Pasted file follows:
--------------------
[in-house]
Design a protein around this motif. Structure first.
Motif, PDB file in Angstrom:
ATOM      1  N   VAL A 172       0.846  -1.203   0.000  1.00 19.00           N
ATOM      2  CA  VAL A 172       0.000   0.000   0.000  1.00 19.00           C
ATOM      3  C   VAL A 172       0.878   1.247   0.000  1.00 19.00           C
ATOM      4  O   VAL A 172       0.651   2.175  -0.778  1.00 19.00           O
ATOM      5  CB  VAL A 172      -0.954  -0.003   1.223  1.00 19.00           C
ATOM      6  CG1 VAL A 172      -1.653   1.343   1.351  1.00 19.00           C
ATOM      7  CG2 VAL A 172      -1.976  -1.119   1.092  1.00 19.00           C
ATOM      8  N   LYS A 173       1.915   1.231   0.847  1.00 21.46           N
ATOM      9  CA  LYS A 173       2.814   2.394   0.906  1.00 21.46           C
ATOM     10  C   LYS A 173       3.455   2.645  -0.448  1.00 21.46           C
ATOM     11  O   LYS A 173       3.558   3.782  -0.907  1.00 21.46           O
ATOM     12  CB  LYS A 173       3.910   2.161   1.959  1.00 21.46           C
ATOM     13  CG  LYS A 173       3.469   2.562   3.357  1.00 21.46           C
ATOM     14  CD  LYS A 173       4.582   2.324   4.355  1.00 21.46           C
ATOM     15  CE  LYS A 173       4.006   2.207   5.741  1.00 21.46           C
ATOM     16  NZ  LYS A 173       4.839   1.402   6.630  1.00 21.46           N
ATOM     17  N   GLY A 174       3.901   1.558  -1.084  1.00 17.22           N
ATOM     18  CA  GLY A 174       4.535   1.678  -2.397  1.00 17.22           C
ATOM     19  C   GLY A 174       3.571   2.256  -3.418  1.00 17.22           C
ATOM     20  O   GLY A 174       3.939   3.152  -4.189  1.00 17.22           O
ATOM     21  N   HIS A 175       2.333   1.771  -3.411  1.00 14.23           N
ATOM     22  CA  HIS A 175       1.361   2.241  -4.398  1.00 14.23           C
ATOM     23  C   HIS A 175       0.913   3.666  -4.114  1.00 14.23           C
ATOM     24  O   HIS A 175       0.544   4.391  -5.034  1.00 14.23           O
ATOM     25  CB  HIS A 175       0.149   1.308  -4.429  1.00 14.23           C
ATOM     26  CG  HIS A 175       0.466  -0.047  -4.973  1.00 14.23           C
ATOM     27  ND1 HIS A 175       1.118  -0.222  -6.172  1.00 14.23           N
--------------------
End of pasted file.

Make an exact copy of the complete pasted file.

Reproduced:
[in-house]
Design a protein around this motif. Structure first.
Motif, PDB file in Angstrom:
ATOM      1  N   VAL A 172       0.846  -1.203   0.000  1.00 19.00           N
ATOM      2  CA  VAL A 172       0.000   0.000   0.000  1.00 19.00           C
ATOM      3  C   VAL A 172       0.878   1.247   0.000  1.00 19.00           C
ATOM      4  O   VAL A 172       0.651   2.175  -0.778  1.00 19.00           O
ATOM      5  CB  VAL A 172      -0.954  -0.003   1.223  1.00 19.00           C
ATOM      6  CG1 VAL A 172      -1.653   1.343   1.351  1.00 19.00           C
ATOM      7  CG2 VAL A 172      -1.976  -1.119   1.092  1.00 19.00           C
ATOM      8  N   LYS A 173       1.915   1.231   0.847  1.00 21.46           N
ATOM      9  CA  LYS A 173       2.814   2.394   0.906  1.00 21.46           C
ATOM     10  C   LYS A 173       3.455   2.645  -0.448  1.00 21.46           C
ATOM     11  O   LYS A 173       3.558   3.782  -0.907  1.00 21.46           O
ATOM     12  CB  LYS A 173       3.910   2.161   1.959  1.00 21.46           C
ATOM     13  CG  LYS A 173       3.469   2.562   3.357  1.00 21.46           C
ATOM     14  CD  LYS A 173       4.582   2.324   4.355  1.00 21.46           C
ATOM     15  CE  LYS A 173       4.006   2.207   5.741  1.00 21.46           C
ATOM     16  NZ  LYS A 173       4.839   1.402   6.630  1.00 21.46           N
ATOM     17  N   GLY A 174       3.901   1.558  -1.084  1.00 17.22           N
ATOM     18  CA  GLY A 174       4.535   1.678  -2.397  1.00 17.22           C
ATOM     19  C   GLY A 174       3.571   2.256  -3.418  1.00 17.22           C
ATOM     20  O   GLY A 174       3.939   3.152  -4.189  1.00 17.22           O
ATOM     21  N   HIS A 175       2.333   1.771  -3.411  1.00 14.23           N
ATOM     22  CA  HIS A 175       1.361   2.241  -4.398  1.00 14.23           C
ATOM     23  C   HIS A 175       0.913   3.666  -4.114  1.00 14.23           C
ATOM     24  O   HIS A 175       0.544   4.391  -5.034  1.00 14.23           O
ATOM     25  CB  HIS A 175       0.149   1.308  -4.429  1.00 14.23           C
ATOM     26  CG  HIS A 175       0.466  -0.047  -4.973  1.00 14.23           C
ATOM     27  ND1 HIS A 175       1.118  -0.222  -6.172  1.00 14.23           N